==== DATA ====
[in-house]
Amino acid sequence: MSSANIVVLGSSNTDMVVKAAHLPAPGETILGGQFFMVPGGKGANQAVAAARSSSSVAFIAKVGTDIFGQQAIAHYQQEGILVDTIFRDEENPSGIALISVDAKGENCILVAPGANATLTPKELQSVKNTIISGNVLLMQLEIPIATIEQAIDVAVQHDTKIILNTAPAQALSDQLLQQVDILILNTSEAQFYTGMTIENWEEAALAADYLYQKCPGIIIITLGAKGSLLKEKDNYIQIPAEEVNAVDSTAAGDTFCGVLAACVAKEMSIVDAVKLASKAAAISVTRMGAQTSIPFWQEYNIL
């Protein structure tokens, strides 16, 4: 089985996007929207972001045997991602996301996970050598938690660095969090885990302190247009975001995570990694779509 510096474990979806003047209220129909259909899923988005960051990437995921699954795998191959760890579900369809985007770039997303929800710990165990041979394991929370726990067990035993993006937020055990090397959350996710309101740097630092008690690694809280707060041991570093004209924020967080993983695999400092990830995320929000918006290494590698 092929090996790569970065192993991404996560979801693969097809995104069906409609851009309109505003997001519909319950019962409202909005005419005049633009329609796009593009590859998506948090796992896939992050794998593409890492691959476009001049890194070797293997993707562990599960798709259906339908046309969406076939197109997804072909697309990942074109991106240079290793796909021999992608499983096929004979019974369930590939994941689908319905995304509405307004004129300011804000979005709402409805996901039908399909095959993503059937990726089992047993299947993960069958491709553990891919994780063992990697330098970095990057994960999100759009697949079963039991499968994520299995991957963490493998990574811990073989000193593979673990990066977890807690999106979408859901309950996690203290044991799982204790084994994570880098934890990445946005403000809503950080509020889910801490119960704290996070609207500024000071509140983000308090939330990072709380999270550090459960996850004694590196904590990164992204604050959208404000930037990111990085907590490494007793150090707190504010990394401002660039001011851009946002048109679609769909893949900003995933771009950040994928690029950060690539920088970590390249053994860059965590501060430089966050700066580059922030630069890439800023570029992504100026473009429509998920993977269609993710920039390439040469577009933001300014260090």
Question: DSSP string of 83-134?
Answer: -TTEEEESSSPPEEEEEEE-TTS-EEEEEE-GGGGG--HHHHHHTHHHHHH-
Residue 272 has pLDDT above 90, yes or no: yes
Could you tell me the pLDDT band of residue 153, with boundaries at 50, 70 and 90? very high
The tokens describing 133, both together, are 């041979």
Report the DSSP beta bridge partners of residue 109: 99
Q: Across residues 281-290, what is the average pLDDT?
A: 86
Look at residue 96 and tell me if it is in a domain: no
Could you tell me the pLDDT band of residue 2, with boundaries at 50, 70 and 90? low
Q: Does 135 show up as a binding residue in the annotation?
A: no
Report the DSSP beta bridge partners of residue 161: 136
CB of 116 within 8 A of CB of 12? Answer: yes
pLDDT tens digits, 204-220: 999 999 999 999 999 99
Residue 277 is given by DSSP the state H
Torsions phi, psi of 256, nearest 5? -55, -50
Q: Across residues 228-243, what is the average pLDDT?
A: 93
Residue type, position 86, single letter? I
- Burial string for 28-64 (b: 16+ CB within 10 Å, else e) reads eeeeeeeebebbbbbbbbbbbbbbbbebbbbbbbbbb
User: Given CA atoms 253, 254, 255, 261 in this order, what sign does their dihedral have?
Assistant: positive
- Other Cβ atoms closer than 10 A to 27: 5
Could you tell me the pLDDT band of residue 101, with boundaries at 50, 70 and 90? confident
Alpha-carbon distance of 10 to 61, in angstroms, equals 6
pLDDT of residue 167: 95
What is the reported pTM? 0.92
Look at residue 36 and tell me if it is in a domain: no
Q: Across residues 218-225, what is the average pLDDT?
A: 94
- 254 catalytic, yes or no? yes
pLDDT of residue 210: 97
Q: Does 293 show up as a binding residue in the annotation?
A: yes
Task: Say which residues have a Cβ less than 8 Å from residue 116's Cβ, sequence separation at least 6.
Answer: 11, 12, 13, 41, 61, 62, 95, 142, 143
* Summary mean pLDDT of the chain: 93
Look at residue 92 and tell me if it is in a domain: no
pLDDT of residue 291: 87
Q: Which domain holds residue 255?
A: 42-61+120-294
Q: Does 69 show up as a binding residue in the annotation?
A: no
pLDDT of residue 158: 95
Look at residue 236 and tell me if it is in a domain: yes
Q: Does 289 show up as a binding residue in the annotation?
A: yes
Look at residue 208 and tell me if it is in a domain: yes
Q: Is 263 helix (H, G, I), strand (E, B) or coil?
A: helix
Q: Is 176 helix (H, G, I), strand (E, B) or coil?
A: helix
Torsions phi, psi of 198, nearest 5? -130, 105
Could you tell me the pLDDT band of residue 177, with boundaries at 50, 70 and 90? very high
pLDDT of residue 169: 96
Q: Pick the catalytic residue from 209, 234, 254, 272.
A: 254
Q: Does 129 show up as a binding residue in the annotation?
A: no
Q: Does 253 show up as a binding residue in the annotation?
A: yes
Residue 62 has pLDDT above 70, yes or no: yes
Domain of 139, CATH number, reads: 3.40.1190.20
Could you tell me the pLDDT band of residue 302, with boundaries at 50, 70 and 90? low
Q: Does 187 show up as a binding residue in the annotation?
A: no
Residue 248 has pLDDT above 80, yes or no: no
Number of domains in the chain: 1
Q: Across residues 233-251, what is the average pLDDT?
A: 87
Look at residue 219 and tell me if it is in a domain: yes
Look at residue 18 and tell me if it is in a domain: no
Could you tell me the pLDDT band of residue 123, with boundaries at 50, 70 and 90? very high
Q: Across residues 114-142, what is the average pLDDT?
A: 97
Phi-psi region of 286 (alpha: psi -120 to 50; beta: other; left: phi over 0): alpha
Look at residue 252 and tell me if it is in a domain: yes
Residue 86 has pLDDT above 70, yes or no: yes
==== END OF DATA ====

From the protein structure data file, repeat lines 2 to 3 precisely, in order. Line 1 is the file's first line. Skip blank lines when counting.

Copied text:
Amino acid sequence: MSSANIVVLGSSNTDMVVKAAHLPAPGETILGGQFFMVPGGKGANQAVAAARSSSSVAFIAKVGTDIFGQQAIAHYQQEGILVDTIFRDEENPSGIALISVDAKGENCILVAPGANATLTPKELQSVKNTIISGNVLLMQLEIPIATIEQAIDVAVQHDTKIILNTAPAQALSDQLLQQVDILILNTSEAQFYTGMTIENWEEAALAADYLYQKCPGIIIITLGAKGSLLKEKDNYIQIPAEEVNAVDSTAAGDTFCGVLAACVAKEMSIVDAVKLASKAAAISVTRMGAQTSIPFWQEYNIL
């Protein structure tokens, strides 16, 4: 089985996007929207972001045997991602996301996970050598938690660095969090885990302190247009975001995570990694779509 510096474990979806003047209220129909259909899923988005960051990437995921699954795998191959760890579900369809985007770039997303929800710990165990041979394991929370726990067990035993993006937020055990090397959350996710309101740097630092008690690694809280707060041991570093004209924020967080993983695999400092990830995320929000918006290494590698 092929090996790569970065192993991404996560979801693969097809995104069906409609851009309109505003997001519909319950019962409202909005005419005049633009329609796009593009590859998506948090796992896939992050794998593409890492691959476009001049890194070797293997993707562990599960798709259906339908046309969406076939197109997804072909697309990942074109991106240079290793796909021999992608499983096929004979019974369930590939994941689908319905995304509405307004004129300011804000979005709402409805996901039908399909095959993503059937990726089992047993299947993960069958491709553990891919994780063992990697330098970095990057994960999100759009697949079963039991499968994520299995991957963490493998990574811990073989000193593979673990990066977890807690999106979408859901309950996690203290044991799982204790084994994570880098934890990445946005403000809503950080509020889910801490119960704290996070609207500024000071509140983000308090939330990072709380999270550090459960996850004694590196904590990164992204604050959208404000930037990111990085907590490494007793150090707190504010990394401002660039001011851009946002048109679609769909893949900003995933771009950040994928690029950060690539920088970590390249053994860059965590501060430089966050700066580059922030630069890439800023570029992504100026473009429509998920993977269609993710920039390439040469577009933001300014260090």